Sports

Matthew Dickerson: Woods and fields offer different walking pleasures

Photo courtesy of Matthew Dickerson

My wife Deborah and I recently moved from an in-town dwelling in Middlebury back to an in-woods dwelling in Bristol. In the house we just left, it was hard to look in any direction without seeing another house. In the house we just moved back into, it’s hard to look and not see trees and leaves. Most of the year, we can’t see neighbors.
We enjoyed our six years living in town. But now I have traded the pleasure of morning walks down to Haymaker for a bun and mocha for the very different pleasure of morning walks through the woods and fields by our house — leisurely, mindful, attentive walks full of looking and listening.
Along my driveway, and in a small clearing in the woods, grow some patches of milkweed. When I mow that clearing or mow along the driveway, I try to leave the milkweed standing for the monarch butterflies. The effort makes my meadow look a little bit like a cartoon face of somebody who is learning how to shave and has a very dull razor. The meadow is randomly dotted with little scraggly patches of milkweed surrounded by stalks of grass and stinging nettle that is too close to the milkweed to cut. But the patches make me feel proud, more than embarrassed. Whenever we walk nearby, I check to see if my efforts were successful: whether there are any monarch caterpillars chewing their way through. 
Combined, I think Deborah and I have only spotted about six over the course of a dozen or more walks. That might be a little disappointing. But the effort has revealed many other creatures besides the monarchs making use of my standing milkweed stalks. We’ve seen a handful of grasshoppers sitting in the shade of the broad milkweed leaves, some beetles, fast-moving spiders, and even a bumblebee. It is a good exercise in looking closer. It is also a good way to enjoy the beauty and diversity of the natural world.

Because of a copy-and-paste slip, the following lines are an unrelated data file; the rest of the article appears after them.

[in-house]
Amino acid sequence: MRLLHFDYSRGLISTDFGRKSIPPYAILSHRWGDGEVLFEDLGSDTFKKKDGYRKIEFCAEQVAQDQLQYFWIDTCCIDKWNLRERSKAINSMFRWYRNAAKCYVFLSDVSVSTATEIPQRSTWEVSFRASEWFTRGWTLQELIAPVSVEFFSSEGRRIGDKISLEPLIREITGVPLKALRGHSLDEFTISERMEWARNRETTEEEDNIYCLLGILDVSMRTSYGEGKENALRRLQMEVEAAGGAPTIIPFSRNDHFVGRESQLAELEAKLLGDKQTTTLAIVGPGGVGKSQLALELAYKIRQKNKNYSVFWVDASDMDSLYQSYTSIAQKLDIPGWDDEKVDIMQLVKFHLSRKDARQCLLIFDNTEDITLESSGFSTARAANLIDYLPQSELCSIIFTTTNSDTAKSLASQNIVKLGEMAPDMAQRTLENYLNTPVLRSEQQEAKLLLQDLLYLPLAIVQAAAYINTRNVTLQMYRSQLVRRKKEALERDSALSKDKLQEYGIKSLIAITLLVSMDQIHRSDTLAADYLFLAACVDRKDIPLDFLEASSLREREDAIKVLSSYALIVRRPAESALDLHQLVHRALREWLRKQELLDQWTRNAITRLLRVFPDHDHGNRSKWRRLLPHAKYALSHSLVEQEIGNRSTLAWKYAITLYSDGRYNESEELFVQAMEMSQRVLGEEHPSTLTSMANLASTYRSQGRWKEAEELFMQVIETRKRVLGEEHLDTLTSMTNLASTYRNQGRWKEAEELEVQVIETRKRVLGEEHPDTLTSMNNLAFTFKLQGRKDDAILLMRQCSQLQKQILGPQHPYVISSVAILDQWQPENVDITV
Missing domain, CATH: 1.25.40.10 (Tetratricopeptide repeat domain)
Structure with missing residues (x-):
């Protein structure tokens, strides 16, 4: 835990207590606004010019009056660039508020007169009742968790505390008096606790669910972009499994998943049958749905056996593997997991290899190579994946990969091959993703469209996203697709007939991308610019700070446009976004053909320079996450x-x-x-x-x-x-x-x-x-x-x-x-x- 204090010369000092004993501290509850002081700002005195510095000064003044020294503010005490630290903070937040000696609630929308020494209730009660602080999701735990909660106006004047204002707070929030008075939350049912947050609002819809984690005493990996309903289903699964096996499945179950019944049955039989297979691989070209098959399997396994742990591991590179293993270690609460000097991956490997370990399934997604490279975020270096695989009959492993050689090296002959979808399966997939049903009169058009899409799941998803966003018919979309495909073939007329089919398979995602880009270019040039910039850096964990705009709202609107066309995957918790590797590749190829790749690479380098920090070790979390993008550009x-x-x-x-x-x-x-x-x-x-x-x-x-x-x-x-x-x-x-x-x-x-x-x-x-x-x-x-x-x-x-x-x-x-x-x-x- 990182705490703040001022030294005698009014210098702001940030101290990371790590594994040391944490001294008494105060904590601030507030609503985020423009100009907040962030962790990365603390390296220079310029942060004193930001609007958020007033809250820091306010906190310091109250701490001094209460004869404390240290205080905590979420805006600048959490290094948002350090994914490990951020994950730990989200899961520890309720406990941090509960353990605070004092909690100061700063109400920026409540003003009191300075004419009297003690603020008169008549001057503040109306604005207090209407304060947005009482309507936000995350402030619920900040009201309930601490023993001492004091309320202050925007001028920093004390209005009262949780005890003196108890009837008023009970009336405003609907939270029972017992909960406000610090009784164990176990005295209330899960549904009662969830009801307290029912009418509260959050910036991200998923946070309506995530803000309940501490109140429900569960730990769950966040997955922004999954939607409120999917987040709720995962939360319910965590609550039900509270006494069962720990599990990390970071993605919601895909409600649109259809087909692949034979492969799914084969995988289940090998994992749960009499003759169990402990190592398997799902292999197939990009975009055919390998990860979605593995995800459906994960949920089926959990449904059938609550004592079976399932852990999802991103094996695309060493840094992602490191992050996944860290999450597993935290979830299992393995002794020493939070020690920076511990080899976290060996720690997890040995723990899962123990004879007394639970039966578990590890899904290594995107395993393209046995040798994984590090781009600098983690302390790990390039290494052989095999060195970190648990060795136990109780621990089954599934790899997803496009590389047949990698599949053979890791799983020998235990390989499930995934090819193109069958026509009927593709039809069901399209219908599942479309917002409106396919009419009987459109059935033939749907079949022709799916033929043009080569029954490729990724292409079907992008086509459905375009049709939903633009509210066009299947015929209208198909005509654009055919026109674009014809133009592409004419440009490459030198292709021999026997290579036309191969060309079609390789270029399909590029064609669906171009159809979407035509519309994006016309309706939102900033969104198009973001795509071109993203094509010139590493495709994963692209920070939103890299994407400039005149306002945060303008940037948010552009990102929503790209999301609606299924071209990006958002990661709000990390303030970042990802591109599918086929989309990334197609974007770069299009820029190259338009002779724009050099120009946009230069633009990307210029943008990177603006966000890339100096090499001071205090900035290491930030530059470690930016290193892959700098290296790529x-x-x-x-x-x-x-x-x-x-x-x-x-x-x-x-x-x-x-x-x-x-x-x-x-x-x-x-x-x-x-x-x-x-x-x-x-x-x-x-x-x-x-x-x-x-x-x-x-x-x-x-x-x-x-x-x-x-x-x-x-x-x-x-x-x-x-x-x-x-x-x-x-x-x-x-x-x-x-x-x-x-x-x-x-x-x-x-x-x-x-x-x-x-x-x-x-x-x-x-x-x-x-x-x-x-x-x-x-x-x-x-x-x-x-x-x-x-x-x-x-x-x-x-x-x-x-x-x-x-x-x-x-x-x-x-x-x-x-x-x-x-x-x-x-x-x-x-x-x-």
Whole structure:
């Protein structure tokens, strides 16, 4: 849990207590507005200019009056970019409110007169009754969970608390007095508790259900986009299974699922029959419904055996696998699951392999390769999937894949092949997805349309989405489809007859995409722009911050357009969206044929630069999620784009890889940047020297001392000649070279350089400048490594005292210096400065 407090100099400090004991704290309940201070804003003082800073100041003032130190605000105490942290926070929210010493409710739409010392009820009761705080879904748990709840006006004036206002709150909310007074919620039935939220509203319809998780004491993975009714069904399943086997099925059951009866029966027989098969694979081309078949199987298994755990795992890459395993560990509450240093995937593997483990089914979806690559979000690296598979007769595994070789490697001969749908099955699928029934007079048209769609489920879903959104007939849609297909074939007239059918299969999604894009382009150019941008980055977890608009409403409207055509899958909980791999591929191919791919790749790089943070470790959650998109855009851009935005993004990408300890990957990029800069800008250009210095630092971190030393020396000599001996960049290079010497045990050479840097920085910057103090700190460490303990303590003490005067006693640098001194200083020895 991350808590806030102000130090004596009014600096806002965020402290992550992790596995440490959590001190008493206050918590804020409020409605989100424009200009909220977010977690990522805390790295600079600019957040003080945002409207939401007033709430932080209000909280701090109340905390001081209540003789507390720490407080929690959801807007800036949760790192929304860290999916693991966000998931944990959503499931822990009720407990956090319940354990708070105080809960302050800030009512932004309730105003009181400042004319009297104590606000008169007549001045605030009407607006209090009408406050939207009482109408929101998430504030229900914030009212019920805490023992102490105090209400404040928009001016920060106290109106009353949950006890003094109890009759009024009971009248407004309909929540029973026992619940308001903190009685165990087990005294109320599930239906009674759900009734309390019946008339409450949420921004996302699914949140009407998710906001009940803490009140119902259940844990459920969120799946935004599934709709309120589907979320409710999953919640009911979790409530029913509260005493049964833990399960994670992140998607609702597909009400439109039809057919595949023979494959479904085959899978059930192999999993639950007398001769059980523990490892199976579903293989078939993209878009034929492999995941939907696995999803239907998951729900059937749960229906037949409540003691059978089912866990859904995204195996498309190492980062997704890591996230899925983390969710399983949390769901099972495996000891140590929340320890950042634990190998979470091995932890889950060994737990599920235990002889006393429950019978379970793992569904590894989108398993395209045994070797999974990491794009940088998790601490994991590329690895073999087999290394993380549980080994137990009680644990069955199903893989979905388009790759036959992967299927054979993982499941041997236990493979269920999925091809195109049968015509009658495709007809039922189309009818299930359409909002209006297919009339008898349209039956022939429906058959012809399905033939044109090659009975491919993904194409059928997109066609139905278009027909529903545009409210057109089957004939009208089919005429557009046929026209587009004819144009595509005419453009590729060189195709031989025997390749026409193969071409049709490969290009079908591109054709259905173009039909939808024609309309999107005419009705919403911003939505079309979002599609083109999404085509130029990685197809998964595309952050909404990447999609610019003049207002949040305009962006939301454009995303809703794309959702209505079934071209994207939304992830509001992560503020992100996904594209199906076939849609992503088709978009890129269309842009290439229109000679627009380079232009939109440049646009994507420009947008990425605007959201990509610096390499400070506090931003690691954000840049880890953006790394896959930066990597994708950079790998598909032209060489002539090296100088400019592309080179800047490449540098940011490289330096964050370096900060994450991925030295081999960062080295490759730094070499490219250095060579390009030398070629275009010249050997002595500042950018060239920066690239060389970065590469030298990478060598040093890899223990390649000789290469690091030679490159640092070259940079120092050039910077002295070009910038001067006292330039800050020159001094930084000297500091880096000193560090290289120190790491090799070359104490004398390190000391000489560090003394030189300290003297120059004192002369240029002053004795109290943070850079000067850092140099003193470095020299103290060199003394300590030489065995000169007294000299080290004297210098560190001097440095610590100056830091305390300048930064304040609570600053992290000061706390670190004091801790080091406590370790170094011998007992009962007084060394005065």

One morning, out walking our dog without me, Deborah spotted numerous red efts (a juvenile newt). I went with her the next morning but we didn’t see any. I did see some beautiful wildflowers. I am more used to paying attention to the progression of spring wildflowers in the woods. The fall ones were a delightful surprise. Now we are both accustomed to taking a camera with us, to capture image of those flowers and small creatures.
We also see some bigger creatures. On another walk without me, Deborah startled a young black bear just 15 yards up the trail from her when she came around a corner. (It was meandering away from our house, where it had probably been checking my honeybees to see if my electric fence by wild chance was off.) For whatever reason, our dog never saw the bear, perhaps because our dog was so busy sniffing the ground where the bear had left its sent. Deborah looked at the bear. The bear looked at Deborah. The bear hustled off up the hill. Deborah continued on her way. I was a bit jealous when she told me what she had seen. She said I needed to get up earlier for morning walks if I wanted to see bear.
One afternoon it was a bobcat that Deborah saw. More often, though, the loud mammals crashing off through the brush are whitetail deer — either our lone doe, or our doe-fawn pair. I have several pictures of them from my evening walk two days ago. Or, rather, I have several pictures of a patch of trees through which they were running away from me, with the camera focused on the trees. I haven’t yet found the deer in the photo, but I think they’re there somewhere.
I’ve read a lot about the value of walking. Nature writer Gary Snyder does a wonderful and poetic job extolling the virtues of walking in his various writings. Lately I’ve been reading Robin Wall Kimmerer’s lovely work “Braiding Sweetgrass”; it isn’t explicitly about walking, but it’s clear in her writing that taking the time to move slowly in the woods and observe is both a poetic and a scientific exercise. (It’s also just good exercise.) 
I think even of two of my favorite writers: J.R.R. Tolkien and C.S. Lewis. Neither of them are thought of primarily as nature writers. They are best known for their works of fantasy. One critique of their works (from less appreciative fans) is they are full of scenes of people just out walking in the woods, with lots of descriptions of trees, flowers and landscapes. That’s certainly a good description of Tolkien’s “The Hobbit” and Lewis’s “The Lion, the Witch and the Wardrobe.” For me, though, it’s a point of praise, not critique. I wonder if my own delight at walking in unbuilt or undeveloped environments has been shaped, in part, by years of reading those two authors.
We can read to learn. Some say, also, that we write to learn. But I think it’s equally true that we walk to learn. Now that I live back in the woods, I’m planning on doing a lot more learning.

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